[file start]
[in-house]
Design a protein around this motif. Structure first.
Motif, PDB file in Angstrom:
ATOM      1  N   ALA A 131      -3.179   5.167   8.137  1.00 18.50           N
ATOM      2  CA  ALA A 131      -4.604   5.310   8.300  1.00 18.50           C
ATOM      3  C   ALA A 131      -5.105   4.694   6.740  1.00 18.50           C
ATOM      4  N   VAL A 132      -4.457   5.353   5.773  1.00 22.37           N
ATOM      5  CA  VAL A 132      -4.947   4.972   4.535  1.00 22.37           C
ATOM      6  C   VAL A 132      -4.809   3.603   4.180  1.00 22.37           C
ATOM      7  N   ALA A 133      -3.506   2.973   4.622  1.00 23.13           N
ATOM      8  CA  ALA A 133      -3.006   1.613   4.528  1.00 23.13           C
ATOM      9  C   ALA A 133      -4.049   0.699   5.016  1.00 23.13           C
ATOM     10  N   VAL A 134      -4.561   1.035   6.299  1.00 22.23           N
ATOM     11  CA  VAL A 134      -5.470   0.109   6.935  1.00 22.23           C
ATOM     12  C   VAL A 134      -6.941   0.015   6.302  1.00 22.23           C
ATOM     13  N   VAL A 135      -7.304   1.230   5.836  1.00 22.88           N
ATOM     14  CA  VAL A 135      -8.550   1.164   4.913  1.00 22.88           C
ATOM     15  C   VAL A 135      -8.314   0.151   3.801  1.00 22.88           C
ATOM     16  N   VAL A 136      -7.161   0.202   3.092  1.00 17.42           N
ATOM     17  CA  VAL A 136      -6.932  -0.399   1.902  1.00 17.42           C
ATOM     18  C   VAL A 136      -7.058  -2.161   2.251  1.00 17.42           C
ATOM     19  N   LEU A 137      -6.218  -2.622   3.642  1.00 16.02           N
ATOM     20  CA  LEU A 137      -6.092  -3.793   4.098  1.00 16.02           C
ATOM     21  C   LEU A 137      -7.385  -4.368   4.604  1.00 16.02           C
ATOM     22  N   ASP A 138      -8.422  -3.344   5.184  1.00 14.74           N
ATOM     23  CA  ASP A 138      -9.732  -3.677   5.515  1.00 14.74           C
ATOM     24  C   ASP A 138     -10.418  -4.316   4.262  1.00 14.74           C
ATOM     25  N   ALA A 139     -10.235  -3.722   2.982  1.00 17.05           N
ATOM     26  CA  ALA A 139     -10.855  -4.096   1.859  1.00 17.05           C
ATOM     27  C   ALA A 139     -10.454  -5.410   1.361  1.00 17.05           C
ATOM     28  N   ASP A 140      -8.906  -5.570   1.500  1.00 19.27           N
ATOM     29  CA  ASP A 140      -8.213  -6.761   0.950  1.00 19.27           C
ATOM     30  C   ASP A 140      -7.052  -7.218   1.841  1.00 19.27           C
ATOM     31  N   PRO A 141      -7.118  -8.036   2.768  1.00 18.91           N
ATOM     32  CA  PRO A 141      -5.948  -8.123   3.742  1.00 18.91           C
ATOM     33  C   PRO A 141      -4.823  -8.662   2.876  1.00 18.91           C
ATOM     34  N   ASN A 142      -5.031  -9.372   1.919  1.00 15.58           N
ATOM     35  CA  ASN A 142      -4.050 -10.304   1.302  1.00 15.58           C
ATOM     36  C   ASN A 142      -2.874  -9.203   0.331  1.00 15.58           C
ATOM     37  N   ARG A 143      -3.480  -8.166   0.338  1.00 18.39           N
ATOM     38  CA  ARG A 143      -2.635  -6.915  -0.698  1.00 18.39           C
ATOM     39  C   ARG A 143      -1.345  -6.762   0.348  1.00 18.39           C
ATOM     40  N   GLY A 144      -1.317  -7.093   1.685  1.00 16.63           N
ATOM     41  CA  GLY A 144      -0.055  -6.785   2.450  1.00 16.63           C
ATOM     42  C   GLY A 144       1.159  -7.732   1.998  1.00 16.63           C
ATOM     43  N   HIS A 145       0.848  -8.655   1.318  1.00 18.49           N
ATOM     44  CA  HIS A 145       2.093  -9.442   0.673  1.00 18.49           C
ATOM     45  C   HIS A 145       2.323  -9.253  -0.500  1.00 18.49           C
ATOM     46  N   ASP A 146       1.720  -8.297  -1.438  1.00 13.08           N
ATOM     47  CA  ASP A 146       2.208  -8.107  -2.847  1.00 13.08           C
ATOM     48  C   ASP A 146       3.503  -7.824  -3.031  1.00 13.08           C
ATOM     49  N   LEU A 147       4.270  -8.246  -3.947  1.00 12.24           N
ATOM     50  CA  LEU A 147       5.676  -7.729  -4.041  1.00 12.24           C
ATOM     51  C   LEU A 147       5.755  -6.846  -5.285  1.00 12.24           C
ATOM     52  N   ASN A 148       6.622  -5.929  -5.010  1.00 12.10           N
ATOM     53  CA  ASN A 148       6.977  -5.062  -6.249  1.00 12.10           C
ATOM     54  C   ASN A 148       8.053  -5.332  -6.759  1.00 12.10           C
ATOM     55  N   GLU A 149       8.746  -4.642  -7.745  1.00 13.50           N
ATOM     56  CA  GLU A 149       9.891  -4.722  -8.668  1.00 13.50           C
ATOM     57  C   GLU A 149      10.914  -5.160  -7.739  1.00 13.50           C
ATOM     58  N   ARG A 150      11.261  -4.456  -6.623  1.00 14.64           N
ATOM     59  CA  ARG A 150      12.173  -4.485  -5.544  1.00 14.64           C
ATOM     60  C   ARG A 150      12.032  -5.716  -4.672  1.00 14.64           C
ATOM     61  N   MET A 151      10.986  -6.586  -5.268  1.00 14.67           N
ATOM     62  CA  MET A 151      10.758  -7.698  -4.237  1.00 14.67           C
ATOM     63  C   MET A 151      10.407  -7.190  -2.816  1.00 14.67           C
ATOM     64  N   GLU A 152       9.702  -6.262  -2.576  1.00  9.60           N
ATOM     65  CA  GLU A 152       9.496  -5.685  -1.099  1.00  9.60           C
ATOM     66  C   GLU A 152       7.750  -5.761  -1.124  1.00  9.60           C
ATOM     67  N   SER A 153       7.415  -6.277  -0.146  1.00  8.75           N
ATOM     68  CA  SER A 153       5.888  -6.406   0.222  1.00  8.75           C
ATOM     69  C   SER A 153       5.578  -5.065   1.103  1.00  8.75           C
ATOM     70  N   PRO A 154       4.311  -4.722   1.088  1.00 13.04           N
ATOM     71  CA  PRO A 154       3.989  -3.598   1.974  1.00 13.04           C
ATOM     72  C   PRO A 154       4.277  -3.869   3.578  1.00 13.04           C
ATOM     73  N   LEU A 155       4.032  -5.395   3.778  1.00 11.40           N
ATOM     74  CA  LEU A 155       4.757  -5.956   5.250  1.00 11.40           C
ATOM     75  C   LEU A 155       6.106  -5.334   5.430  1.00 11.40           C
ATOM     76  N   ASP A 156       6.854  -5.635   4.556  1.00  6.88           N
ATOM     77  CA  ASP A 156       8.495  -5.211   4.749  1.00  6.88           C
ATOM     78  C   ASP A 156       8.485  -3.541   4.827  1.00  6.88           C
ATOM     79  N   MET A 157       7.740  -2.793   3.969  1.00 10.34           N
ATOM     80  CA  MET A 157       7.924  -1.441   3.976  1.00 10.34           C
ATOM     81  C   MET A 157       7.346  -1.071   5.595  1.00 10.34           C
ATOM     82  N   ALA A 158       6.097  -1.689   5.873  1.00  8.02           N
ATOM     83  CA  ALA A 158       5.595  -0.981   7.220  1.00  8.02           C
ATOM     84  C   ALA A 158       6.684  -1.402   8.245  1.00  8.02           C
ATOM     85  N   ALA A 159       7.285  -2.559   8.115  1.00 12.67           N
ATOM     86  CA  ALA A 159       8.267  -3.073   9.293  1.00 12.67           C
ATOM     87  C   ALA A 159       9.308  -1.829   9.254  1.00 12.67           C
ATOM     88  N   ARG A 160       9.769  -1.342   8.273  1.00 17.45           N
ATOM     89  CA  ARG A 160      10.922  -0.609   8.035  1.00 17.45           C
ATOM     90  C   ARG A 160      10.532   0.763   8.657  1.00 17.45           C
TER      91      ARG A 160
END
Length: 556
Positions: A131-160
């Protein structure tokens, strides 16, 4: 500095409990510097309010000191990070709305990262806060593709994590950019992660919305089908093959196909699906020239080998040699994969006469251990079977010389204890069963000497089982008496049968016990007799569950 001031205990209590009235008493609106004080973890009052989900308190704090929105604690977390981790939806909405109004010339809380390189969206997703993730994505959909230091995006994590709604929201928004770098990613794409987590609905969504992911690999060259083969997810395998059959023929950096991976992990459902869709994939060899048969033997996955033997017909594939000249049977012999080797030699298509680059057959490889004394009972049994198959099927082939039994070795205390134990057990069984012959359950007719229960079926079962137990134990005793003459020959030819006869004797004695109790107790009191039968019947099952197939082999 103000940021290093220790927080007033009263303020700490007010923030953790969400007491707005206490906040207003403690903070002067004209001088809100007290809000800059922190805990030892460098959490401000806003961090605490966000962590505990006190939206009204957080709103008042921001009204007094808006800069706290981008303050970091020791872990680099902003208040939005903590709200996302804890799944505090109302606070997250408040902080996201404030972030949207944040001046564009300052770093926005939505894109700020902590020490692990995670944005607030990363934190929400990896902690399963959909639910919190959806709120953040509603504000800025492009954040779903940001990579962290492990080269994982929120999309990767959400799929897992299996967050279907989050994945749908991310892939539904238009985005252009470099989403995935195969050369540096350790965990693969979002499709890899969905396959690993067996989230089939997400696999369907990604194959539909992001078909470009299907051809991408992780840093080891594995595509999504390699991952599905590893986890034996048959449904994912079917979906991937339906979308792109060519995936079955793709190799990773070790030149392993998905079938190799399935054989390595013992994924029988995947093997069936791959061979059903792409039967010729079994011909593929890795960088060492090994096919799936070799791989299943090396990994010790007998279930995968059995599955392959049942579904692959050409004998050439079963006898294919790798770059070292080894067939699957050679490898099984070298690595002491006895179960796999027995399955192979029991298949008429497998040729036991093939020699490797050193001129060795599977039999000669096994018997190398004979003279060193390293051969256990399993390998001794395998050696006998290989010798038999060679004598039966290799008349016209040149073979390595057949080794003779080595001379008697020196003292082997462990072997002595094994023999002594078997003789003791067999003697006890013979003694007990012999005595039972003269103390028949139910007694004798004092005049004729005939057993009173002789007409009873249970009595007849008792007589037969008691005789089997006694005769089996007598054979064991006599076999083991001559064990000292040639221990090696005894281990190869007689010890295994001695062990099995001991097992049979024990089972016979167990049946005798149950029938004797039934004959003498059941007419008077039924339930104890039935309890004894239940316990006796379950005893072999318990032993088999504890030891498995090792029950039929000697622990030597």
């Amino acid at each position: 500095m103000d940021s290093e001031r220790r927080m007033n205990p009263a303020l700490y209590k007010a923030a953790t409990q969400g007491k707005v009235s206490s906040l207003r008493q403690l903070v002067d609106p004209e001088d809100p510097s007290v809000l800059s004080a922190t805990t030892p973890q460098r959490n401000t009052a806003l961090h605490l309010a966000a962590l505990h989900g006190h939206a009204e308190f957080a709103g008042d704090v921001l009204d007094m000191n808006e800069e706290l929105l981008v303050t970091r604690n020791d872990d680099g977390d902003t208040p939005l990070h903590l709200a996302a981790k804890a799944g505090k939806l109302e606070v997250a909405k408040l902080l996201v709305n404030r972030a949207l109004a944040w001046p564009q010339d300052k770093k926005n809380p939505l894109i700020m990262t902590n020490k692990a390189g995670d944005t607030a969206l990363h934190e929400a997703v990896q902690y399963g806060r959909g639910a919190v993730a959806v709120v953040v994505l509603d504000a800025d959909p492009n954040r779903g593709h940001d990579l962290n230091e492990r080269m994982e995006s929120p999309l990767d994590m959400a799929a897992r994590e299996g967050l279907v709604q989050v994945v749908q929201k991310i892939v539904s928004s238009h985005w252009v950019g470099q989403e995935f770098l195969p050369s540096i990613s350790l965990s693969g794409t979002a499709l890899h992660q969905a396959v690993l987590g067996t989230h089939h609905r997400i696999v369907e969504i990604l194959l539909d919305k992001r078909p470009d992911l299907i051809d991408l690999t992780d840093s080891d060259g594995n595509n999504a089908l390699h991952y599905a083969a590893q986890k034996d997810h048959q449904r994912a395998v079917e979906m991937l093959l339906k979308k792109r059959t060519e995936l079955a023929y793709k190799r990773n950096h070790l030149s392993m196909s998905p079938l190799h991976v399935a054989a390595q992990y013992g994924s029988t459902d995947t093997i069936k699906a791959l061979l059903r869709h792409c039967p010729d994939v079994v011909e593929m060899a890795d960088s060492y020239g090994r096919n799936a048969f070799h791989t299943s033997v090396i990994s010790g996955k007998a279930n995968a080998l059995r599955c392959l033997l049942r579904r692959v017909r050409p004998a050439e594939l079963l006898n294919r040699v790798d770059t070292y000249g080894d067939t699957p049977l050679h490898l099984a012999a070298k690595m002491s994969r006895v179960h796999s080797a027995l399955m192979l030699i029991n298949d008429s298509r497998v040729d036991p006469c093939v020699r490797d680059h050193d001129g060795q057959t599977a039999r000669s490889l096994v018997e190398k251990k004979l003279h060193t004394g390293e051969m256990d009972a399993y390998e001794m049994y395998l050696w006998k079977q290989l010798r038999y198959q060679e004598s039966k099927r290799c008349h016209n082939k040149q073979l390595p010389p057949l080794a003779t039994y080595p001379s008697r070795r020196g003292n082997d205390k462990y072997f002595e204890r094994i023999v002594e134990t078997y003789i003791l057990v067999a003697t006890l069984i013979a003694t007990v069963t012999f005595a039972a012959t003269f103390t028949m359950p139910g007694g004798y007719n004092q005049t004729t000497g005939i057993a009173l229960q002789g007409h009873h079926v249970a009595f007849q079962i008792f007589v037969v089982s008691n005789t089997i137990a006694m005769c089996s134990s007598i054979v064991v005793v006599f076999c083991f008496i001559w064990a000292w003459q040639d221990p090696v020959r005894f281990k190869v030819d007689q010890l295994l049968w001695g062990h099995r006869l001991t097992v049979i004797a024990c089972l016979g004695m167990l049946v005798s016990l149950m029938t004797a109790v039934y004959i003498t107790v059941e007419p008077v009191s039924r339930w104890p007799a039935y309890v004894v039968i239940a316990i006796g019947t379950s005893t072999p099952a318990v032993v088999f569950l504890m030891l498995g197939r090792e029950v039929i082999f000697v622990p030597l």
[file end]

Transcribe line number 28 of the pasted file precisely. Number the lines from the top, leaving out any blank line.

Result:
ATOM     25  N   ALA A 139     -10.235  -3.722   2.982  1.00 17.05           N